This morning, when I opened The Washington Post, there was a front-page article about another athlete behaving badly. In this case, it was NBA basketball sensation, Ja Morant, accused of violent and aggressive behavior off the court. But I don’t want to talk about Ja Morant. I want to talk about Damian Lillard. You may be wondering, who is Damian Lillard?
Damian Lillard plays for the Portland Trail Blazers and is in his 11th year in the NBA, all with Portland. The other night, he scored 71 points in a game and joins only 7 other NBA players to accomplish that feat, names like Kobe Bryant and Wilt Chamberlain. Michael Jordan’s high game was only 69 points. Lillard has provided some classic, clutch moments for Portland fans over these 11 years but as NPR’s Tom Goldman said yesterday “But tucked away here in the upper left-hand corner of the country, largely off the nation's sports radar, we in Portland have gotten something deeper and more meaningful from Damian Lillard.”
In a sports world where stars behave badly, go to the highest bidder or to star loaded teams so that they can win championships, Lillard is an anomaly. In 2018, the Blazers were humiliated by the New Orleans Pelicans in the first round of the playoffs and fans were looking for change. Lillard didn’t get angry or defensive. He said this, “I’m just going to accept responsibility that we didn’t play well. It was embarrassing. But when you go through stuff like that and you stay together and you keep working, you keep believing in what we do.” The next year, Lillard led the Blazers to the Western Conference finals.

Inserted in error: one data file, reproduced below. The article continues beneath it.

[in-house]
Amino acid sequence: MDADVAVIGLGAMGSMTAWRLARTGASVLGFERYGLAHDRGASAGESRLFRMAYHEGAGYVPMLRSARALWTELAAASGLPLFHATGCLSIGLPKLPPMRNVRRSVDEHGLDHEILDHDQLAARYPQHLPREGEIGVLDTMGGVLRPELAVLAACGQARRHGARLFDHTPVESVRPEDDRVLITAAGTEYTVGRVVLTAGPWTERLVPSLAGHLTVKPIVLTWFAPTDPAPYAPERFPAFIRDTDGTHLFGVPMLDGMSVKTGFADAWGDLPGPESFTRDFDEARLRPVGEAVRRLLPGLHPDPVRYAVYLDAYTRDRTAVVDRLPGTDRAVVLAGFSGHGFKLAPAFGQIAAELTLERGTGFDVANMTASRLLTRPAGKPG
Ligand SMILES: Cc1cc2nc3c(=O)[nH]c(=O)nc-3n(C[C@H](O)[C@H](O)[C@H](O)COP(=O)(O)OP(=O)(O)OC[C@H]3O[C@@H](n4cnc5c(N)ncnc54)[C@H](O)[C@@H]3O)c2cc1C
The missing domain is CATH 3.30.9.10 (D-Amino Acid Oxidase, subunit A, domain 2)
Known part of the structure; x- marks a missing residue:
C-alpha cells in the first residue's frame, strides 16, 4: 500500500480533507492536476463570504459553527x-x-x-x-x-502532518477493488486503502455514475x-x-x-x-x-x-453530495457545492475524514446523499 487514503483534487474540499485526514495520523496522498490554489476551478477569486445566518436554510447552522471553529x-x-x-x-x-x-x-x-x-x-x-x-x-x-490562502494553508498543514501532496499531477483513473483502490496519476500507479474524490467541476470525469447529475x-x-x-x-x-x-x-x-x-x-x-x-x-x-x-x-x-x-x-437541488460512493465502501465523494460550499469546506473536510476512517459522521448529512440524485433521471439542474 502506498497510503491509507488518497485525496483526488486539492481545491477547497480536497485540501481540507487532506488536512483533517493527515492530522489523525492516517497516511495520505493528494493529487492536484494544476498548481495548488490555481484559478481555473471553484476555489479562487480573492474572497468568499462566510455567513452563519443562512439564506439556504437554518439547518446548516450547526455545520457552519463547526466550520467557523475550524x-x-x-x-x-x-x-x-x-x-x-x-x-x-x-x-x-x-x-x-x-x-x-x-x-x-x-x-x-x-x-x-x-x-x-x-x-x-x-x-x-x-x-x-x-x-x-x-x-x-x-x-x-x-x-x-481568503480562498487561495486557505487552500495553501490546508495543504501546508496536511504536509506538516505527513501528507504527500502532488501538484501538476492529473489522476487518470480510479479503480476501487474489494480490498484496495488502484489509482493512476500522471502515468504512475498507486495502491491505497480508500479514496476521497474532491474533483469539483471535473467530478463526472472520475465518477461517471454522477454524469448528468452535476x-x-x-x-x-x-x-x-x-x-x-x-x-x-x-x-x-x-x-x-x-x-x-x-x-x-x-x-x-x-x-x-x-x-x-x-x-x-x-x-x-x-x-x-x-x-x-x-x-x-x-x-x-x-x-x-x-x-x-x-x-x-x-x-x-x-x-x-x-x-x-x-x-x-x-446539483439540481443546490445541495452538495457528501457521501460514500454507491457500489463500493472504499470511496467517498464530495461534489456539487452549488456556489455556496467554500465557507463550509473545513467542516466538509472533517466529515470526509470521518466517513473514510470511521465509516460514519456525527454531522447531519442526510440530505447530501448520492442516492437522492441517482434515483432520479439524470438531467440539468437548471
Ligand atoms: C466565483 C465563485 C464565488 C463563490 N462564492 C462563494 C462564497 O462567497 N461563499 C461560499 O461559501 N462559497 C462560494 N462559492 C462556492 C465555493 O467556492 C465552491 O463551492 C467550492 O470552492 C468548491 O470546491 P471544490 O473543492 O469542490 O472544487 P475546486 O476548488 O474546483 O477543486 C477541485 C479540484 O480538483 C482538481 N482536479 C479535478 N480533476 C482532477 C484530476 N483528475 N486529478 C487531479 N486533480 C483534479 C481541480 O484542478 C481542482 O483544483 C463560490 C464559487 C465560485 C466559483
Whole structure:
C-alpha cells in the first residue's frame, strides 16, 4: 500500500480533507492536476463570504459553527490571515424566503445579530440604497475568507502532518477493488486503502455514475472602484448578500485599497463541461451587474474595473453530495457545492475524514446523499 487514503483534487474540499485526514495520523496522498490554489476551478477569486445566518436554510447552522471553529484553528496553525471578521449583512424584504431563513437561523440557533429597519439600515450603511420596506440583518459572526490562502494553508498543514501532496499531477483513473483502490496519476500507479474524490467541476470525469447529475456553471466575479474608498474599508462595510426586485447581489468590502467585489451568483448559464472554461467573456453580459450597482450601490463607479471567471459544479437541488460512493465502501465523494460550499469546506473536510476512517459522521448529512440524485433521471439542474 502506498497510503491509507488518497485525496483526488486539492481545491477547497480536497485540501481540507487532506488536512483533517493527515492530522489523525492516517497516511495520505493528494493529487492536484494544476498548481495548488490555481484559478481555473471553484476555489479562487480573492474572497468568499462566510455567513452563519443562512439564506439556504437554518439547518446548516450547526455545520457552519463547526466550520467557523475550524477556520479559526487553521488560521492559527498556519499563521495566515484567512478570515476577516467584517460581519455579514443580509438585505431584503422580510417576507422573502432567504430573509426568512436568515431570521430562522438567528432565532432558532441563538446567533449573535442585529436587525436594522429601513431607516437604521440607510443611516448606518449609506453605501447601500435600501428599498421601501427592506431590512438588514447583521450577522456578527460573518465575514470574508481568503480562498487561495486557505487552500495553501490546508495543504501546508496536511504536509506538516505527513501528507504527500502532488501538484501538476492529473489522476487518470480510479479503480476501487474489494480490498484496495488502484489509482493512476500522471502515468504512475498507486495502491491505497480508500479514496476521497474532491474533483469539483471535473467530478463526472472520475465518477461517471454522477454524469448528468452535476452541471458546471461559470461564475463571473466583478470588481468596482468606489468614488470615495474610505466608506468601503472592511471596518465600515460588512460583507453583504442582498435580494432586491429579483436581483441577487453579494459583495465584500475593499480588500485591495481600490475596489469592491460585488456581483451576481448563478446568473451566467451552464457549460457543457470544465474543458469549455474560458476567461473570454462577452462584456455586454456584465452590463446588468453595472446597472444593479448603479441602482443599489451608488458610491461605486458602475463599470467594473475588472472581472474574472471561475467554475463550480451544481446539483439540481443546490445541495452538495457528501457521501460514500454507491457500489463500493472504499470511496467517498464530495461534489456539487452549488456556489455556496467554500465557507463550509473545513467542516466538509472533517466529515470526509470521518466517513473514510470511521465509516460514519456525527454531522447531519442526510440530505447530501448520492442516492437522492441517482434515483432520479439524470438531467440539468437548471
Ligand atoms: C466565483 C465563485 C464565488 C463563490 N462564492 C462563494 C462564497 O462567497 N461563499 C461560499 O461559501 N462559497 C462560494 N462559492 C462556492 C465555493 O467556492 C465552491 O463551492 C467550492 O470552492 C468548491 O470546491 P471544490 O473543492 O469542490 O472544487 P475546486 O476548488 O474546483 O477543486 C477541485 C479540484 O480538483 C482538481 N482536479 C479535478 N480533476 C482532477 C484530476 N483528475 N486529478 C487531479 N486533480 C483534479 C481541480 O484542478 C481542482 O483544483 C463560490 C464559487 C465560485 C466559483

Last year, to the surprise of many, he signed a contract extension that will keep him in Portland until 2027. He noted that “I don’t think that you earn something like this just by going out there and scoring a bunch of points. Something that’s missing in our league is character, and the fight and the passion and pride about, you know, not just the name on the back [of the jersey], but the name on the front, and how you impact the people that you come in contact with.”
On the talk of winning a championship, he said "As much as we glorify the end, and the last team and winning a championship, and rightfully so, the reality of it is everyone's not going to win it. [So you don't] throw out, you know, the moments on the [team] plane, the moments on the [team] bus, being in the locker room, being on the bench and then the huddle when we're doing our jobs cause we do it 82 times before the playoffs. You don't throw that sh** out the window like it means nothing, it means a lot. Because we work our whole lives to be a part of this."
He sets a wonderful example for all of us about the value of hard work, loyalty, perseverance, and the joy of the journey. It’s unfortunate that this story wasn’t on the front page this morning.
Take care and stay safe.
Daughters of Destiny (Netflix)
In 1996, Dr. Abraham George, an American businessman, born in India, was determined to change the rampant poverty in his home country. Nearly 20 years later, The Shanti Bhavan Children's Project has produced a generation of engineers, lawyers, scientists and journalists. Daughters of Destiny, follows a unique group of Shanti Bhavan kids, born into the most discriminated against and impoverished families on earth, as they grow up. Daughters of Destiny is an exploration of their lives, of global poverty and opportunity, and the human longing for purpose and meaning.